Commonwealth vs . Sean Gaudet
This decision has been referenced in an "Appeals Court of Massachusetts Summary Dispositions" table in the North Eastern Reporter. And pursuant to its rule 1:28, As Amended by 73 Mass.App.Ct. 1001 (2009) are primarily addressed to the parties and, therefore, may not fully address the facts of the case or the panel's decisional rationale. Moreover, rule 1:28 decisions are not circulated to the entire court and, therefore, represent only the views of the panel that decided the case. A summary decision pursuant to rule 1:28, issued after February 25, 2008, may be cited for its persuasive value but, because of the limitations noted above, not as binding precedent. See Chace v. Curran, 71 Mass.App.Ct. 258, 260 N.4, 881 N.E.2d 792 (2008).
MEMORANDUM AND ORDER PURSUANT TO RULE 1:28
The defendant appeals from his conviction of driving under the influence of intoxicating liquor, fifth offense, in violation of G. L. c. 90, § 24(1). On appeal, he argues that it was error for the motion judge to deny his motion to suppress statements. He also asserts that the trial judge erroneously denied his motion for a new trial based on a claim that his trial counsel was ineffective.
In the light most favorable to the Commonwealth, the jury could have found the following facts. At approximately 11:00 p.m. on August 9, 2011, a Methuen police officer observed the defendant driving a Ford Ranger truck erratically and crossing the center double yellow line on Route 113 multiple times. The defendant did not immediately stop after the officer activated his lights, siren, and air horn. The officer eventually pulled over the defendant, who had glassy and bloodshot eyes and whose speech was slurred. He appeared generally dazed and confused and smelled of alcohol. The interior of the truck also smelled of alcohol and an officer found approximately twelve beers in the back seat area, six of which were cold and one was open and had apparently spilled.
Motion to suppress.
The defendant claims the motion judge erred in denying his motion to suppress a statement that he made during the booking process about pulling his truck over because he thought the police car was trying to go by him. The defendant argues that the finding of the motion judge that the statement was voluntary and not responsive to any questioning was clearing erroneous. Second, he argues that Miranda warnings were required, but not given. We disagree.
When reviewing a motion to suppress, this Court accepts " the judge's subsidiary findings of fact absent clear error 'but conduct[s] an independent review of his ultimate findings and conclusions of law.'" Commonwealth v. Scott, 440 Mass. 642, 646, 801 N.E.2d 233 (2004), quoting from Commonwealth v. Jimenez, 438 Mass. 213, 218, 780 N.E.2d 2 (2002).
The motion judge found that " during booking, [the defendant] made a statement (perhaps twice) that the court finds was voluntary and not responsive to any questioning" by any officer in the station. The judge also found that any statement made by the defendant was not the result of interrogation " even though it/they preceded the standard provision of Miranda rights by [Lieutenant] Martin later in the booking process."
The defendant argues that the judge's findings were clearly erroneous based on Lt. Martin's testimony at the suppression hearing. Lt. Martin testified that he did not ask the defendant any questions that would have prompted the disputed statement, nor did he remember any other officer asking such questions. When asked again if it was possible that a question from another officer could have prompted the defendant's statement, Lt. Martin responded, " Anything is possible."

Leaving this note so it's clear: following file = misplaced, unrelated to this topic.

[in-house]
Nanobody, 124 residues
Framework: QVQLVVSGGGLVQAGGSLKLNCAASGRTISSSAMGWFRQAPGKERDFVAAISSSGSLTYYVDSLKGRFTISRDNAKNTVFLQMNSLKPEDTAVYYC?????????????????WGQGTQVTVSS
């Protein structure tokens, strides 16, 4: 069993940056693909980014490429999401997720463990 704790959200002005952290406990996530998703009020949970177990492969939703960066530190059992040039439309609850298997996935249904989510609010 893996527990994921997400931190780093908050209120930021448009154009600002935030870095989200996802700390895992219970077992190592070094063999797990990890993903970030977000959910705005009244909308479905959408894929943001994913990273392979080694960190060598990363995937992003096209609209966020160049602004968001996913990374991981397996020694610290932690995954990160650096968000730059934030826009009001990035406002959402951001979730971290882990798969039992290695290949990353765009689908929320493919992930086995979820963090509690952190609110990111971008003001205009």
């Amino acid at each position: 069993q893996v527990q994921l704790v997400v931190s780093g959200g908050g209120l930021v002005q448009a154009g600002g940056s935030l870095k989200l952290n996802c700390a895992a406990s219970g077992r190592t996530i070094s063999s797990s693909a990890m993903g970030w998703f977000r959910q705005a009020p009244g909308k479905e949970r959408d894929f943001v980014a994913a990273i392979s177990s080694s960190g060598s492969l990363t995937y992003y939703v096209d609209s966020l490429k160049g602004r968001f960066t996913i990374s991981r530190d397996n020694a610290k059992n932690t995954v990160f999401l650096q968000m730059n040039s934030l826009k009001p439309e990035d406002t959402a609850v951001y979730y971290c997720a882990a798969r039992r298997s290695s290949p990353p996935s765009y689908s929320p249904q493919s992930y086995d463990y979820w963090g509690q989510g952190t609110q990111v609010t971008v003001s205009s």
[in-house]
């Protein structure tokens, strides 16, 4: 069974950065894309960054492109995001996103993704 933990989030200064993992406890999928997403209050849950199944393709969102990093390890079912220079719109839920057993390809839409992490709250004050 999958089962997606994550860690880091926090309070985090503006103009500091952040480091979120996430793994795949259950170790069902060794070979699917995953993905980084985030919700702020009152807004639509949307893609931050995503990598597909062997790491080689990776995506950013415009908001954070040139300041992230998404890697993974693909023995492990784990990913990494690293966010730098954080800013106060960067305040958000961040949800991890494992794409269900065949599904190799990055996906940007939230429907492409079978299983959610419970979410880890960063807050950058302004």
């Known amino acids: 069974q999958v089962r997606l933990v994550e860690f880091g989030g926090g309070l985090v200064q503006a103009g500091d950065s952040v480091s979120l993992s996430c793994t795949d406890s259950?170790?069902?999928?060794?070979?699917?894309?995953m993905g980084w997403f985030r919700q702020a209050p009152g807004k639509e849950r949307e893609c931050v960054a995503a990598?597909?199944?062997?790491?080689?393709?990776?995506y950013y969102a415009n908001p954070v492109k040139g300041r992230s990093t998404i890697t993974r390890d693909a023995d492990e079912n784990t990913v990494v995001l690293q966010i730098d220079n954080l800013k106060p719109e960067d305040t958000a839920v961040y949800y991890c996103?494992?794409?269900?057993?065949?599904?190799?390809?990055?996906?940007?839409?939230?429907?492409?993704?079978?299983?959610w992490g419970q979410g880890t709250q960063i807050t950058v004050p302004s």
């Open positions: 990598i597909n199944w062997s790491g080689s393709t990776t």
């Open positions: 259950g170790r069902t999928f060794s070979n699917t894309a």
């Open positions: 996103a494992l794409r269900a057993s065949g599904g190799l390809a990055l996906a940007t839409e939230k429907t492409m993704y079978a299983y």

Any reliance by the defendant on Lt. Martin's response to suggest that the disputed statement was in reply to a question is misplaced, as the officer's response amounts to nothing more than speculation. Lt. Martin testified, and the motion judge found, that the defendant volunteered the statement in question. Where the statement was not a product of custodial questioning, there was no error on the part of the motion judge in denying the defendant's motion.
The defendant's claim that Miranda warnings were necessary also fails. Here, although the defendant was in custody at the police station, any questions posed to him were within the scope of the routine booking process. Moreover, the motion judge concluded that the defendant's statement was not in response to any questioning. Miranda warnings are " required not where a suspect is merely in police custody, but rather where a suspect is subjected to custodial interrogation." Commonwealth v. Torres, 424 Mass. 792, 796, 678 N.E.2d 847 (1997). " [S]tatements initiated spontaneously and voluntarily by a defendant are not the product of police questioning." Commonwealth v. Fortunato, 466 Mass. 500, 511, 996 N.E.2d 457 (2013). " Miranda does not protect volunteered statements." Commonwealth v. Gittens, 55 Mass.App.Ct. 148, 150, 769 N.E.2d 777 (2002). Miranda v. Arizona, 384 U.S. 436, 478, 86 S.Ct. 1602, 16 L.Ed.2d 694 (1966) (" Volunteered statements of any kind are not barred by the Fifth Amendment and their admissibility is not affected by our holding today" ). Where, as here, a statement is volunteered, it is not fatal that Miranda warnings were not given beforehand. Gittens, supra.
Motion for a new trial.
The defendant also claims that the trial judge erroneously denied his motion for a new trial based on his claim that he did not receive the effective assistance of counsel. He argues his trial counsel was ineffective because he (1) failed to impeach Lt. Martin adequately, (2) introduced a video that did not accurately depict the road conditions on the night of the arrest, ...